Round and round it goes, with the people committed to saving newspapers demanding to know “If the old model is broken, what will work in its place?” To which the answer is: Nothing. Nothing will work. There is no general model for newspapers to replace the one the internet just broke.
With the old economics destroyed, organizational forms perfected for industrial production have to be replaced with structures optimized for digital data. It makes increasingly less sense even to talk about a publishing industry, because the core problem publishing solves — the incredible difficulty, complexity, and expense of making something available to the public — has stopped being a problem.
That is what real revolutions are like. The old stuff gets broken faster than the new stuff is put in its place. The importance of any given experiment isn’t apparent at the moment it appears; big changes stall, small changes spread. Even the revolutionaries can’t predict what will happen. Agreements on all sides that core institutions must be protected are rendered meaningless by the very people doing the agreeing. (Luther and the Church both insisted, for years, that whatever else happened, no one was talking about a schism.) Ancient social bargains, once disrupted, can neither be mended nor quickly replaced, since any such bargain takes decades to solidify.
And so it is today. When someone demands to know how we are going to replace newspapers, they are really demanding to be told that we are not living through a revolution. They are demanding to be told that old systems won’t break before new systems are in place. They are demanding to be told that ancient social bargains aren’t in peril, that core institutions will be spared, that new methods of spreading information will improve previous practice rather than upending it. They are demanding to be lied to.
There is one possible answer to the question “If the old model is broken, what will work in its place?” The answer is: Nothing will work, but everything might. Now is the time for experiments, lots and lots of experiments.
- Clay Shirky
Quoted from this awesome article here.
How many more things is this true for? I tagged solar cells yesterday. What about your industry? What comes next?
Updated, April 5:
"When I finish something I want it out that day," says Eno later, in a phone conversation. "Pop music is like the daily paper. Its got to be there then, not six months later. So we decided to release on our websites first, then put it on the commercial websites, then as a CD, then with different packaging. It's just trying to see what works. The business is an exciting mess at the moment."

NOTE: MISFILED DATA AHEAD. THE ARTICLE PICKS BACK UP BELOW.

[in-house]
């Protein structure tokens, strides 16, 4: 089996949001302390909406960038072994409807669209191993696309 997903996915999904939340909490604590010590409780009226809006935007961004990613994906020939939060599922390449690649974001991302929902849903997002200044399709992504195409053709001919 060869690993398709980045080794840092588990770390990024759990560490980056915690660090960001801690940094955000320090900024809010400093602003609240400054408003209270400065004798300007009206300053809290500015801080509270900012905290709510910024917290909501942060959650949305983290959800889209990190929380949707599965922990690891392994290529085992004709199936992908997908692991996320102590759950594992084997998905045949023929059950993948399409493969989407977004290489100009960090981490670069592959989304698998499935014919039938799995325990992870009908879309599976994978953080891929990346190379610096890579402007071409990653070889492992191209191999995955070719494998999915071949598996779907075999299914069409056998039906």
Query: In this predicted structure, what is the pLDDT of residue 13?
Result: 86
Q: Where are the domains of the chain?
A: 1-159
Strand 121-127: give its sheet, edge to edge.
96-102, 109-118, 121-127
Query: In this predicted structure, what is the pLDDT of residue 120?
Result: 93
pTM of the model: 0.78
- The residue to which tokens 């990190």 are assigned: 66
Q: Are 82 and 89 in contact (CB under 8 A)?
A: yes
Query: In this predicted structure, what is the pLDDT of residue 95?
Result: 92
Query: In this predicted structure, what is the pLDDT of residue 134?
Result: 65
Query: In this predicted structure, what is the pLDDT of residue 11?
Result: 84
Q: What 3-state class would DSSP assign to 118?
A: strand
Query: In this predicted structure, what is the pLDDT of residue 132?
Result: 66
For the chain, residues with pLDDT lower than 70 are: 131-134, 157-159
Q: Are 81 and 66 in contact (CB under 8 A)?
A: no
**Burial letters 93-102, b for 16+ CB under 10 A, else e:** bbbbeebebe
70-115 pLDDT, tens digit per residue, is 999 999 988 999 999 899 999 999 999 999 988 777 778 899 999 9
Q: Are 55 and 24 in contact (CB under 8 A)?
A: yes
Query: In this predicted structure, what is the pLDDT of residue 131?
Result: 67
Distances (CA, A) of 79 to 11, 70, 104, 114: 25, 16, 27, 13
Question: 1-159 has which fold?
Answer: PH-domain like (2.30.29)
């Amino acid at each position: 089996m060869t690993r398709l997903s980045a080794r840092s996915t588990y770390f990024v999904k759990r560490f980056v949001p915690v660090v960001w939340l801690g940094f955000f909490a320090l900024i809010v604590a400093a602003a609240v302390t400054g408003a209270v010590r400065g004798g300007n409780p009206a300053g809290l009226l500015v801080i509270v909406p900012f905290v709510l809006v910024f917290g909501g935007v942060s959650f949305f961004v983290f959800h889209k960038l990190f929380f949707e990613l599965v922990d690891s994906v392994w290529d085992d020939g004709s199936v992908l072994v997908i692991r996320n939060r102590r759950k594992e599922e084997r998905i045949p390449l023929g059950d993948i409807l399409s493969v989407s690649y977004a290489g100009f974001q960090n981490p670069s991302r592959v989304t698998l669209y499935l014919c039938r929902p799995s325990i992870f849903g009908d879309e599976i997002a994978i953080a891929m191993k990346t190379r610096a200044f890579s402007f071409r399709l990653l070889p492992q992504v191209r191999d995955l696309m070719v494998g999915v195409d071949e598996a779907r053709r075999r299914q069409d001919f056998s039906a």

Similarly tagged by Bruce is this quote from Bob Garfield:
Long ago newspapers based their online strategy on advertising, at which point traffic became the holy grail. Times Select -- the walled garden of premium columnists available by subscription only -- generated income but depressed traffic. So out it went. The Times and 99% of its brethren opted to give away all content in exchange for audience, neglecting to understand two structural facts of online life: 1) Nobody clicks on ads, because why would they? 2) The virtually infinite supply of online ad inventory will always depress the price even the best publisher can fetch. Always. Immutably. Forever. Mass media thrived on the economics of scarcity. The internet represents an economy of unending abundance.
Let me highlight that last bit. What does it imply?
The internet represents an economy of unending abundance.
Physical media and paid content aren't dead, despite the lamentations of the pulped-trees crowd. Not only that, the media was delivered bricks'n'mortar. I bet the crowds were driven by social networking online.
In the first truly shocking box office result of the year, Fast & Furious sped away from expectations to gross a humongous $72.5 mil, according to early estimates from Media by Numbers.
Who said people aren't willing to pay for content? Consider this:
Scott Devitt, an analyst at Stifel, Nicolaus & Co., predicts that Amazon is on track to sell 500,000 to 750,000 more Kindles over the next four quarters (including this one). He estimates that Kindle owners will buy an additional $120 to $150 worth of books and other content for each device, bringing the total revenues over that time period to somewhere between $225 million and $355 million. Based on that, he values the Kindle as a $1 billion business for Amazon.